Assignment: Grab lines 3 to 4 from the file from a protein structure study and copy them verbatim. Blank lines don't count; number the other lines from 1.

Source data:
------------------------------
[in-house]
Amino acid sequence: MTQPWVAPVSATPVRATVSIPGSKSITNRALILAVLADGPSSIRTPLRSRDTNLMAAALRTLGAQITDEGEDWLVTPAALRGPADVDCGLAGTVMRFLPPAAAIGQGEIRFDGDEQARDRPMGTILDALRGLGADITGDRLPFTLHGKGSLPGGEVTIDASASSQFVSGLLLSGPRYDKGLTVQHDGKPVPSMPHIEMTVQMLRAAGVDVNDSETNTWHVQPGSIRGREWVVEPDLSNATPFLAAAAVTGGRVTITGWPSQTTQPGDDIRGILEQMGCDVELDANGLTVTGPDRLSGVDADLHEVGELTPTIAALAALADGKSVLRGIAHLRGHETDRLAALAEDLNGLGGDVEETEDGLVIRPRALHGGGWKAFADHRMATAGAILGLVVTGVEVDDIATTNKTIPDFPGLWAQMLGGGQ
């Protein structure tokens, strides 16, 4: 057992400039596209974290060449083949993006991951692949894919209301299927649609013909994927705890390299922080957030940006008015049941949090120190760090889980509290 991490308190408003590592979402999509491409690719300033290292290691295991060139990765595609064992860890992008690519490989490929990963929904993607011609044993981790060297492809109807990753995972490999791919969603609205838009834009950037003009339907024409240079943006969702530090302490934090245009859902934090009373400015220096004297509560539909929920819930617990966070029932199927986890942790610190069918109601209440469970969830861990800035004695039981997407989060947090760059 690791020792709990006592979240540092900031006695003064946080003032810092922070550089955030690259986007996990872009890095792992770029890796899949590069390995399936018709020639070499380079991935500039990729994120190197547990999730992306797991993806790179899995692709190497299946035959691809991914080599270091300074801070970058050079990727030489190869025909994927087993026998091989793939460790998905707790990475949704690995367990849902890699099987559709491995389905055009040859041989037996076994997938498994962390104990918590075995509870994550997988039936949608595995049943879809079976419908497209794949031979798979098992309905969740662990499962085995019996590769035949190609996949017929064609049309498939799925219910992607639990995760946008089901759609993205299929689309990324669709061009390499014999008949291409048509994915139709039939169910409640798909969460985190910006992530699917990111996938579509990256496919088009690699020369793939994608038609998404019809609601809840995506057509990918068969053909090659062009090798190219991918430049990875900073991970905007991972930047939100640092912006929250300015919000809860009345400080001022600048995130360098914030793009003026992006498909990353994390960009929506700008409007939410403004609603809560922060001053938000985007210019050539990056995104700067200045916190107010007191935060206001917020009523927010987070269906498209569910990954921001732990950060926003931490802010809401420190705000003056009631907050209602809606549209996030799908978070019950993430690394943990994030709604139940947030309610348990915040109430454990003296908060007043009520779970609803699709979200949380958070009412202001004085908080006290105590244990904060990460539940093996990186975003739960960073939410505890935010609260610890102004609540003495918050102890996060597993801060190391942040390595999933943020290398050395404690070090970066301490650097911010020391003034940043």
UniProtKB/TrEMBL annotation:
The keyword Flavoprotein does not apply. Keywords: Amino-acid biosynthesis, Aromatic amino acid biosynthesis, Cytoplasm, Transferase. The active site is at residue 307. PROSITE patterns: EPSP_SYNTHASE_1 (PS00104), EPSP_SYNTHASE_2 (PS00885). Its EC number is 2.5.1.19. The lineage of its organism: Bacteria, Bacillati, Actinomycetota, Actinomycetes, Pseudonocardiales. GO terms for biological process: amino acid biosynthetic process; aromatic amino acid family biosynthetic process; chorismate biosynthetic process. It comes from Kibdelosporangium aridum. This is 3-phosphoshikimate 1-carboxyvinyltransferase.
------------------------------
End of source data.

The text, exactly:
């Protein structure tokens, strides 16, 4: 057992400039596209974290060449083949993006991951692949894919209301299927649609013909994927705890390299922080957030940006008015049941949090120190760090889980509290 991490308190408003590592979402999509491409690719300033290292290691295991060139990765595609064992860890992008690519490989490929990963929904993607011609044993981790060297492809109807990753995972490999791919969603609205838009834009950037003009339907024409240079943006969702530090302490934090245009859902934090009373400015220096004297509560539909929920819930617990966070029932199927986890942790610190069918109601209440469970969830861990800035004695039981997407989060947090760059 690791020792709990006592979240540092900031006695003064946080003032810092922070550089955030690259986007996990872009890095792992770029890796899949590069390995399936018709020639070499380079991935500039990729994120190197547990999730992306797991993806790179899995692709190497299946035959691809991914080599270091300074801070970058050079990727030489190869025909994927087993026998091989793939460790998905707790990475949704690995367990849902890699099987559709491995389905055009040859041989037996076994997938498994962390104990918590075995509870994550997988039936949608595995049943879809079976419908497209794949031979798979098992309905969740662990499962085995019996590769035949190609996949017929064609049309498939799925219910992607639990995760946008089901759609993205299929689309990324669709061009390499014999008949291409048509994915139709039939169910409640798909969460985190910006992530699917990111996938579509990256496919088009690699020369793939994608038609998404019809609601809840995506057509990918068969053909090659062009090798190219991918430049990875900073991970905007991972930047939100640092912006929250300015919000809860009345400080001022600048995130360098914030793009003026992006498909990353994390960009929506700008409007939410403004609603809560922060001053938000985007210019050539990056995104700067200045916190107010007191935060206001917020009523927010987070269906498209569910990954921001732990950060926003931490802010809401420190705000003056009631907050209602809606549209996030799908978070019950993430690394943990994030709604139940947030309610348990915040109430454990003296908060007043009520779970609803699709979200949380958070009412202001004085908080006290105590244990904060990460539940093996990186975003739960960073939410505890935010609260610890102004609540003495918050102890996060597993801060190391942040390595999933943020290398050395404690070090970066301490650097911010020391003034940043």
UniProtKB/TrEMBL annotation: